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Henley Leadership Group Blog

Leading in the Face of Uncertainty And Volatility

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Here's how leaders can stay calm and grounded in an increasingly volatile and uncertain world.

I first heard the term “VUCA World” 15 years ago at a conference for learning providers. Futurist Bob Johansen was describing the future he saw coming at us, suggesting that maybe we ought to prepare for it. 

We didn’t. 

A concept introduced by the U.S. Army War College in 1987, VUCA stands for volatile, uncertain, chaotic and ambiguous. As Johansen brought it into our context during that presentation, it sounded ominous. A few in the audience groaned. What would it mean to live and lead in a VUCA world? What skills and abilities would serve rather than sever? And how fast would this VUCA world make it to our door, we wondered. 

It’s here.

And leading in the face of volatility, uncertainty, chaos and ambiguity remains the central challenge of our age. 

The best leaders I’ve worked with are unflappable in the face of ambiguity and chaos. As David Rock, author of “Your Brain at Work,” says, “They can observe their own thinking, and thus can change how they think. These people have better cognitive control and thus can access a quieter mind on demand.” 

They keep their feet on the ground while still opening their hearts and minds toward whatever circumstances are unfolding before them. They recover quickly from breakdowns. They don’t let their mood dominate the day. They are more curious than certain. And even though they very much personally care, they don’t seem to take difficulties personally. 

To help leaders ground themselves in the face of uncertainty, Rock advises engaging “the director,” which he explains is “a metaphor for the part of your awareness that can stand outside of experience. This director can watch the show that is your life, make decisions about how your brain will respond, and even sometimes alter the script.”

Choose to Engage Your Executive Director 

Here are three things you can do right away to regain calm no matter what’s going on around you:

1.    Label what’s happening. To move out of the automatic emotional state and instead engage the neocortex—the rational, thinking part of the brain—follow the mantra “name it to tame it.”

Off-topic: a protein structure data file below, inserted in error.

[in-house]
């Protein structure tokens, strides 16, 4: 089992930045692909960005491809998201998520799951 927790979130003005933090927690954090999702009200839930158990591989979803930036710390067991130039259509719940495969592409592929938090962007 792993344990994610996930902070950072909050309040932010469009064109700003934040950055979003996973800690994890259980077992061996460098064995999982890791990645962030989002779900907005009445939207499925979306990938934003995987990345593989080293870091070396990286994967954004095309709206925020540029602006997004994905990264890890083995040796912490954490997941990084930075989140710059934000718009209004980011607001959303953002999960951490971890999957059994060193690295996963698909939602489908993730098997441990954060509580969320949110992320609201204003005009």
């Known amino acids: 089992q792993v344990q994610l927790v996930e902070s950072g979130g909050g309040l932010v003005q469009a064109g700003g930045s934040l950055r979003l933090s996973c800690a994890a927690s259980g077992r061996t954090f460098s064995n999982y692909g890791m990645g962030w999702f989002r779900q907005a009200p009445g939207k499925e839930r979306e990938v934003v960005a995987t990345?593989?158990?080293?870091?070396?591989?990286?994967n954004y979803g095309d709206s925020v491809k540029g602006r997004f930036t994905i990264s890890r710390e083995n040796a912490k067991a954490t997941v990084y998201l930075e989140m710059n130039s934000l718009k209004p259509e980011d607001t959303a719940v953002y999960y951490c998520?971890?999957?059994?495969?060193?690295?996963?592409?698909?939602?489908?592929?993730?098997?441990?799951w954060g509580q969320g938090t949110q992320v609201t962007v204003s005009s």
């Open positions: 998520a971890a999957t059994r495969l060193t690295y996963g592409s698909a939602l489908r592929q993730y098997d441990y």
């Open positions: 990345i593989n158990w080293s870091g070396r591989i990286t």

Labeling—either verbally or in writing/journaling —can create calm in your body and mind, and from this calmer state, you will be able to see more opportunity, solutions, and paths forward. In his book “Mindsight: The new science of personal transformation,” Daniel Siegel explains, “Writing in a journal activates the narrator function of our minds. Studies have suggested that simply writing down our account of a challenging experience can lower physiological reactivity and increase our sense of well-being.” 

Task yourself with labeling or naming your emotions throughout your day, telling yourself the truth as you experience it: “anxious,” “uncertain,” “bored,” “frustrated,” “disappointed.” 

2.    Shift your perspective: The best leaders I’ve coached can look at circumstances through a variety of lenses, shifting perspectives with ease. That enables them to keep an open mind and be influenced by those who hold a different perspective. They are curious, open learners. They’re willing to enter the uncomfortable place of not knowing. 

Challenge your perspective by questioning the story you have been telling yourself about a situation and then making up a new, more empowering story. Or, if you are brave, challenge your perspective by inviting others into conversation. Tell them how you are seeing things and ask them to shoot holes in your thinking. Invite dissent. 

3. Take a deep breath: Focus on your breathing, your thoughts, your needs, your well-being. In other words, put on your own mask first before helping another. This practice of taking a deep breath (or two or three) can bring your mind into a calmer state, where creativity, compassion and curiosity can be brought back online. It’s how you begin a centering practice that can support you and return you from insanity back to reality. 

The deep breath allows you to engage the director and observe yourself, which is known as self-awareness or mindfulness. This is also sometimes referred to as metacognition, which means thinking about your thinking, or meta-awareness, which means awareness of your awareness. The point is, you slow down, pay attention and check in with yourself. You stop directing your attention outward to the chaos or uncertainty around you. 

It's easy to be swept away by the high-speed disasters of the day. The news cycle alone can trigger reactive states that lead you into a sense of hopelessness. But leadership is none of this. It is the creation of a future, the stilling of despair. Be a leader in the VUCA world. We need you.

Previously published on Forbes

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